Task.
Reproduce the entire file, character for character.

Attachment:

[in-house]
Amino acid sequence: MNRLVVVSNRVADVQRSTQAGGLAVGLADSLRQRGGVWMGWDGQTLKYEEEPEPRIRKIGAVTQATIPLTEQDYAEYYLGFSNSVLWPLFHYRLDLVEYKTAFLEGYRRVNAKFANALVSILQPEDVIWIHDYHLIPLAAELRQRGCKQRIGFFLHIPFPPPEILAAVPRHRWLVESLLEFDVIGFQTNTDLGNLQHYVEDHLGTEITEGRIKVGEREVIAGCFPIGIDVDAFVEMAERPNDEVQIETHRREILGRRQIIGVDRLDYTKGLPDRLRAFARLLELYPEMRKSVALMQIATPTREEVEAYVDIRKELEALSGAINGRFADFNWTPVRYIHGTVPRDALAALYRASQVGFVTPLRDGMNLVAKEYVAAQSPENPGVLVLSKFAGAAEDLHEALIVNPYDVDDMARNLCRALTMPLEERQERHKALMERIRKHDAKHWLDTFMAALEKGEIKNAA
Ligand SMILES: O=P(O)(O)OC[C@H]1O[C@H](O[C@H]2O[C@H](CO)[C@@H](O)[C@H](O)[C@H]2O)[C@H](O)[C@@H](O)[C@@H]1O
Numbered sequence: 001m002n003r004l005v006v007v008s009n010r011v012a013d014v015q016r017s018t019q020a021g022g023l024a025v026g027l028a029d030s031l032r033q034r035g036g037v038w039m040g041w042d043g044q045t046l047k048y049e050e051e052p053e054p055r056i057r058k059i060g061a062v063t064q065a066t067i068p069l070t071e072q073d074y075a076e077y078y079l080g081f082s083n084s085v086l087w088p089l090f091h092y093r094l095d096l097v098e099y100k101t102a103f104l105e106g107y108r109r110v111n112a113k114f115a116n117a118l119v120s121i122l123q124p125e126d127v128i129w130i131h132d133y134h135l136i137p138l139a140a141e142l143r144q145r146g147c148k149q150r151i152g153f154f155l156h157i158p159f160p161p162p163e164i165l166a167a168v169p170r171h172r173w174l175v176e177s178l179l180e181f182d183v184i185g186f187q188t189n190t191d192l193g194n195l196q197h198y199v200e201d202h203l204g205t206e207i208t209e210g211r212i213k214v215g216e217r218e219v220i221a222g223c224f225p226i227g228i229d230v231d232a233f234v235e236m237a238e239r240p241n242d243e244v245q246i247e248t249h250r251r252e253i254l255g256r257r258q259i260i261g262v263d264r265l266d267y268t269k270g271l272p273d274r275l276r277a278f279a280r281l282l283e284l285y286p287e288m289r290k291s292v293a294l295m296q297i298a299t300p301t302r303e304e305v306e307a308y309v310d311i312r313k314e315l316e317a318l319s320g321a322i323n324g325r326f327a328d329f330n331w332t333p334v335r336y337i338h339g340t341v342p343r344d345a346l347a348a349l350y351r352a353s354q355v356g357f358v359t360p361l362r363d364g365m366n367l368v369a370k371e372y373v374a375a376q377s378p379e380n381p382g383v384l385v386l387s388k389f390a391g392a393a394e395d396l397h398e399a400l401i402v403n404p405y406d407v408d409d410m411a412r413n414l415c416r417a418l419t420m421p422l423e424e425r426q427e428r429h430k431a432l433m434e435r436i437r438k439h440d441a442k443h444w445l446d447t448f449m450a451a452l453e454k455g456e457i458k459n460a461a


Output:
[in-house]
Amino acid sequence: MNRLVVVSNRVADVQRSTQAGGLAVGLADSLRQRGGVWMGWDGQTLKYEEEPEPRIRKIGAVTQATIPLTEQDYAEYYLGFSNSVLWPLFHYRLDLVEYKTAFLEGYRRVNAKFANALVSILQPEDVIWIHDYHLIPLAAELRQRGCKQRIGFFLHIPFPPPEILAAVPRHRWLVESLLEFDVIGFQTNTDLGNLQHYVEDHLGTEITEGRIKVGEREVIAGCFPIGIDVDAFVEMAERPNDEVQIETHRREILGRRQIIGVDRLDYTKGLPDRLRAFARLLELYPEMRKSVALMQIATPTREEVEAYVDIRKELEALSGAINGRFADFNWTPVRYIHGTVPRDALAALYRASQVGFVTPLRDGMNLVAKEYVAAQSPENPGVLVLSKFAGAAEDLHEALIVNPYDVDDMARNLCRALTMPLEERQERHKALMERIRKHDAKHWLDTFMAALEKGEIKNAA
Ligand SMILES: O=P(O)(O)OC[C@H]1O[C@H](O[C@H]2O[C@H](CO)[C@@H](O)[C@H](O)[C@H]2O)[C@H](O)[C@@H](O)[C@@H]1O
Numbered sequence: 001m002n003r004l005v006v007v008s009n010r011v012a013d014v015q016r017s018t019q020a021g022g023l024a025v026g027l028a029d030s031l032r033q034r035g036g037v038w039m040g041w042d043g044q045t046l047k048y049e050e051e052p053e054p055r056i057r058k059i060g061a062v063t064q065a066t067i068p069l070t071e072q073d074y075a076e077y078y079l080g081f082s083n084s085v086l087w088p089l090f091h092y093r094l095d096l097v098e099y100k101t102a103f104l105e106g107y108r109r110v111n112a113k114f115a116n117a118l119v120s121i122l123q124p125e126d127v128i129w130i131h132d133y134h135l136i137p138l139a140a141e142l143r144q145r146g147c148k149q150r151i152g153f154f155l156h157i158p159f160p161p162p163e164i165l166a167a168v169p170r171h172r173w174l175v176e177s178l179l180e181f182d183v184i185g186f187q188t189n190t191d192l193g194n195l196q197h198y199v200e201d202h203l204g205t206e207i208t209e210g211r212i213k214v215g216e217r218e219v220i221a222g223c224f225p226i227g228i229d230v231d232a233f234v235e236m237a238e239r240p241n242d243e244v245q246i247e248t249h250r251r252e253i254l255g256r257r258q259i260i261g262v263d264r265l266d267y268t269k270g271l272p273d274r275l276r277a278f279a280r281l282l283e284l285y286p287e288m289r290k291s292v293a294l295m296q297i298a299t300p301t302r303e304e305v306e307a308y309v310d311i312r313k314e315l316e317a318l319s320g321a322i323n324g325r326f327a328d329f330n331w332t333p334v335r336y337i338h339g340t341v342p343r344d345a346l347a348a349l350y351r352a353s354q355v356g357f358v359t360p361l362r363d364g365m366n367l368v369a370k371e372y373v374a375a376q377s378p379e380n381p382g383v384l385v386l387s388k389f390a391g392a393a394e395d396l397h398e399a400l401i402v403n404p405y406d407v408d409d410m411a412r413n414l415c416r417a418l419t420m421p422l423e424e425r426q427e428r429h430k431a432l433m434e435r436i437r438k439h440d441a442k443h444w445l446d447t448f449m450a451a452l453e454k455g456e457i458k459n460a461a